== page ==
Number of stents implanted (median)2(1-4)2(1-4)2(1-5)1
      Vascular complication0.000.000.00.86
      Prosthesis migration0.002.710.00.86
      Intraoperative mortality1.412.310.00.35
      P values are for LSCA bypass performed after thoracic endovascular aortic repair. LSCA, Left subclavian artery; SD, standard deviation.
      For the Subacute group versus the Acute-Early and Acute-Delayed groups combined.
      There were 2 intraoperative deaths, 1 from free aortic rupture that could not be salvaged with TEVAR (Acute-Delayed), and 1 with severe gastrointestinal malperfusion and necrosis with unremitting acidosis and cardiac arrest (Acute-Early). Overall, 6 (8.5%) in-hospital mortalities occurred in the Acute-Early group, 2 (4.5%) in the Acute-Delayed group, and none in the Subacute group; overall P = .26. Permanent paralysis or severe paraparesis and permanent stroke were fairly uncommon in these patients. Retrograde aortic dissection was observed in 6 Acute-Early patients (8.5%), and in 3 Acute-Delayed patients (6.8%). In a single patient in the Subacute group, a retrograde type A dissection occurred, after a repeat TEVAR performed in the subacute period for proximal pseudoaneurysm; the patient had been previously stented in the early-acute period for clinical malperfusion with complex arch anatomy. The overall rate of major complications (death, permanent paralysis, permanent stroke, renal failure, and retrograde dissection) was 27 Acute-Early patients (38.7%), 12 Acute-Delayed patients (27.3%), and 1 Subacute patient (5.6%); P = .04 for all acute versus subacute patients (Table 3). No overall difference was found in late survival among groups (log rank P = .5; Figure 2).
      Table 3Perioperative outcomes
      OutcomeAcute-Early intervention (N = 70)Acute-Delayed intervention (N = 44)Subacute intervention (18)P value
      %n%n%n
      In-hospital mortality8.664.5200.28
      Mortality at 30 d12.796.8300.14
      Any paralysis7.054.5211.121
      Paralysis (permanent)1.412.215.61.6
      Any stroke5.644.6200.68
      Stroke (permanent)1.412.31001
      New renal failure8.566.8300.5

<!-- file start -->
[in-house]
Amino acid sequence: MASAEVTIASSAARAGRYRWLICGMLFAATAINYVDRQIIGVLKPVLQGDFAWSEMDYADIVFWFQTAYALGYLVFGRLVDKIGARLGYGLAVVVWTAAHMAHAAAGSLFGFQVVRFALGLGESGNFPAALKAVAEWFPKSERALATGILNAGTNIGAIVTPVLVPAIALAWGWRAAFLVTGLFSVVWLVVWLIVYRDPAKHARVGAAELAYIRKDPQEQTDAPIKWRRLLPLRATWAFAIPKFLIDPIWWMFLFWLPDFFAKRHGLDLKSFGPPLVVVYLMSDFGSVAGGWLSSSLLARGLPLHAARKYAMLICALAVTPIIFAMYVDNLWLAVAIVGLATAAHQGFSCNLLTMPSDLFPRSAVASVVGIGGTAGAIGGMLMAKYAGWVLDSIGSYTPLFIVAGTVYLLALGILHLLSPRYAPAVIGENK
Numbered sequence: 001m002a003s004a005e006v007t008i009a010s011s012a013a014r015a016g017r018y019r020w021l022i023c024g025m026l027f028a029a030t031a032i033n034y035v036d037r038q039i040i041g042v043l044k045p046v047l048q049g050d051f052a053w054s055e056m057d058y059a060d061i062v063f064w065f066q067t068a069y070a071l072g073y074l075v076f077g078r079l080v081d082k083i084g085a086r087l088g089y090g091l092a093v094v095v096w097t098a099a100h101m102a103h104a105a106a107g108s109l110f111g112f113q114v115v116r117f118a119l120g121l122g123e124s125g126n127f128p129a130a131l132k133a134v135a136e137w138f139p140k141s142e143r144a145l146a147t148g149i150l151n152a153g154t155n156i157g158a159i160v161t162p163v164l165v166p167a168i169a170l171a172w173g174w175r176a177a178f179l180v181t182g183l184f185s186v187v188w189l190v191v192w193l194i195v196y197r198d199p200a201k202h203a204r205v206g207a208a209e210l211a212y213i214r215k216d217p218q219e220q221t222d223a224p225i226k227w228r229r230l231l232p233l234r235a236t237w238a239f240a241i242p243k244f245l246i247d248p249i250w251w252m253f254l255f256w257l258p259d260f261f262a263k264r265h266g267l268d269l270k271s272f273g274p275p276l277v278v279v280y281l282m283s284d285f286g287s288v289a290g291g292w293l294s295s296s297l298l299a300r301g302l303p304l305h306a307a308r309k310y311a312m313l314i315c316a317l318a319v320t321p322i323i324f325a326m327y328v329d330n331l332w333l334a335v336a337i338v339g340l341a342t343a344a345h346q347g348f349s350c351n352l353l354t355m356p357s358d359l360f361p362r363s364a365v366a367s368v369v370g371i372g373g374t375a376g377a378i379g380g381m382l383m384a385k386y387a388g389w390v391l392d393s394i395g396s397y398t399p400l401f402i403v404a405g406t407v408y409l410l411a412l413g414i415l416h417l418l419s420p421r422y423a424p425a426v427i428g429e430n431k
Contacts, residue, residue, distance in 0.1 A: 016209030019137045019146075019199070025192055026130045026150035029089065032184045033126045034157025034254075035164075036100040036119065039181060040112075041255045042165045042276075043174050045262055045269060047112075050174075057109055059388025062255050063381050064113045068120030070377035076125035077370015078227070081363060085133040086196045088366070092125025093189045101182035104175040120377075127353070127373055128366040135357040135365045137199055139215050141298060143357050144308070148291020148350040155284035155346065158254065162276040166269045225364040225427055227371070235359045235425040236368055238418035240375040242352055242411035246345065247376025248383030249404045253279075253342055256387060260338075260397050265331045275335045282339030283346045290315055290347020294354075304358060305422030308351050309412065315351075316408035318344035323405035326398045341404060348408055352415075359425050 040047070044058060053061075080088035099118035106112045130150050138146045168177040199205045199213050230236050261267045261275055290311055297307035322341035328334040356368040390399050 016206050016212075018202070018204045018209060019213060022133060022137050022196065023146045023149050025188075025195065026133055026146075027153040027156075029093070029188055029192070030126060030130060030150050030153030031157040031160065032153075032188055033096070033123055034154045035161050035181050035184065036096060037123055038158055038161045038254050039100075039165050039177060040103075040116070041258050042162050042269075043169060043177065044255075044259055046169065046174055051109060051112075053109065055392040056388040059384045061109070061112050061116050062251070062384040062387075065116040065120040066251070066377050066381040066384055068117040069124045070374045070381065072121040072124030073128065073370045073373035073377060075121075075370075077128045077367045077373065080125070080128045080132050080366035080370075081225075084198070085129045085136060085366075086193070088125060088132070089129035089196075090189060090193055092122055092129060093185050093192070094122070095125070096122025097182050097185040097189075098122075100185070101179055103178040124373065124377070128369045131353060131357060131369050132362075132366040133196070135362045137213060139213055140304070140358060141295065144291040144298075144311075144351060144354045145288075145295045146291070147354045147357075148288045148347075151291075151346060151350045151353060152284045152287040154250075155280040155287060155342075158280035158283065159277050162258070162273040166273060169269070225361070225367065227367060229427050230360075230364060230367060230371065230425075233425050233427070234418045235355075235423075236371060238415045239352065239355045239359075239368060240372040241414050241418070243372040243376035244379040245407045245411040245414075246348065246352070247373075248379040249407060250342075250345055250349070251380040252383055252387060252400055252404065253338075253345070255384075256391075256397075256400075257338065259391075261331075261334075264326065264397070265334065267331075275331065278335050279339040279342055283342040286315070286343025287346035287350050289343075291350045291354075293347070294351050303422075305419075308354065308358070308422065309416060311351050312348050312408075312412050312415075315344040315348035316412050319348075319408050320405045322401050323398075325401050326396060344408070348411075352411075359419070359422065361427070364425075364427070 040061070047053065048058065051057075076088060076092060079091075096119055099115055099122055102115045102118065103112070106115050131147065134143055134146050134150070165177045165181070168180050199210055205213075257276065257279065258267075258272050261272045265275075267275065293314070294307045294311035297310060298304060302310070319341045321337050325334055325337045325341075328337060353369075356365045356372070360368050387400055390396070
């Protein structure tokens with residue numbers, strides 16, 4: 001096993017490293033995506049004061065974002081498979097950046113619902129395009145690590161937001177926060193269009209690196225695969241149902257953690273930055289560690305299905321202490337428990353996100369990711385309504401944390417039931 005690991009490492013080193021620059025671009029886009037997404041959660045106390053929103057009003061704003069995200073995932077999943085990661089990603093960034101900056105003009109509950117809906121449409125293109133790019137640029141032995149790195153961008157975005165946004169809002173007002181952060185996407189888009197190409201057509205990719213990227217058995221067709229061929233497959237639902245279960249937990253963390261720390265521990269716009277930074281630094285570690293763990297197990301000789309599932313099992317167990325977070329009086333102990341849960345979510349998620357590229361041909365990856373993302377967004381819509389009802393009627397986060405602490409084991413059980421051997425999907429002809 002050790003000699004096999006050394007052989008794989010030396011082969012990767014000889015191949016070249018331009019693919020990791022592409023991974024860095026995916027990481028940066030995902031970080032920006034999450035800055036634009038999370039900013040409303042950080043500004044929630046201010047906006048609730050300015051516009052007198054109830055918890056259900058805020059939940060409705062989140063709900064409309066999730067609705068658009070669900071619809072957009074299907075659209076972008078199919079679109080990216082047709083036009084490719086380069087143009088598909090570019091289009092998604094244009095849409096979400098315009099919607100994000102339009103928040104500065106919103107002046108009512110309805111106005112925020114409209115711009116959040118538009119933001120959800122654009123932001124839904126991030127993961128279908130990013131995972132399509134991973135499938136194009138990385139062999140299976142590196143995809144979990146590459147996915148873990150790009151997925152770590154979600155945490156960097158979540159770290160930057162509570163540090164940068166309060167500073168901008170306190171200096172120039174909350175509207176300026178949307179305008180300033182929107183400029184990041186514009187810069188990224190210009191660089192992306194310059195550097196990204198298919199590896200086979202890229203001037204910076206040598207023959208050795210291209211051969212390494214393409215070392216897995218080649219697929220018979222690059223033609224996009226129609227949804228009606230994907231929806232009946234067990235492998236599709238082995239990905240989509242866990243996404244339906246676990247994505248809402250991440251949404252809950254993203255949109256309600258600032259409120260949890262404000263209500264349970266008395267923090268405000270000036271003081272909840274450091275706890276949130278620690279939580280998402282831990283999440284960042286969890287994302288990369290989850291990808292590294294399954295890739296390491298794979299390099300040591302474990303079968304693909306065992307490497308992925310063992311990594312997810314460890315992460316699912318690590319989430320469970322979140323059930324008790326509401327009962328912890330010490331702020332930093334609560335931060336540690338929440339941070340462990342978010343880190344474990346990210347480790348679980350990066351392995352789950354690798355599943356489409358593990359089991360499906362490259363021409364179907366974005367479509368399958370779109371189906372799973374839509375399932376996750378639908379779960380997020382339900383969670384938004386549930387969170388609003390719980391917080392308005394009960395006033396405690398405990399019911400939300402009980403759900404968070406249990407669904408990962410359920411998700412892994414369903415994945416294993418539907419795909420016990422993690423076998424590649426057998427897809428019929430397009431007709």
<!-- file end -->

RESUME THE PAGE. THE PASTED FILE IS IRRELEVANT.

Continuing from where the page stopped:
Retrograde type A dissection8.566.830
      Retrograde Type A dissection occurred in a repeat TEVAR performed in the subacute period for a proximal type 1 endoleak in a patient previously stented for clinical malperfusion with complex arch anatomy. This was excluded, as it was from a repeat TEVAR procedure.
      0.5
      For the Subacute group versus the Acute-Early and Acute-Delayed groups combined.
      Overall major complication38.72727.3125.61.04
      Retrograde Type A dissection occurred in a repeat TEVAR performed in the subacute period for a proximal type 1 endoleak in a patient previously stented for clinical malperfusion with complex arch anatomy. This was excluded, as it was from a repeat TEVAR procedure.
      For the Subacute group versus the Acute-Early and Acute-Delayed groups combined.
      Figure thumbnail gr2
      Figure 2Long-term survival stratified by timing of intervention.

      Discussion

      Treatment with TEVAR for acute, type B, aortic dissections, accompanied by life- or limb-threatening malperfusion or rupture, is well established and is associated with improved outcomes compared with medical or surgical treatment modalities. FDA Investigation Device Exemption studies were recently completed on 2 TEVAR devices that previously were labeled for thoracic aortic aneurysm indications for their use in acute, complicated, type B aortic dissection.

      Bavaria J, Brinkman W, Hughes GC, Khoynezad A, Szeto WY, Azizzadeh A, et al. Outcomes of TEVAR in acute type B aortic dissection: results from the Valiant US-IDE Study. Ann Thorac Surg. (in press).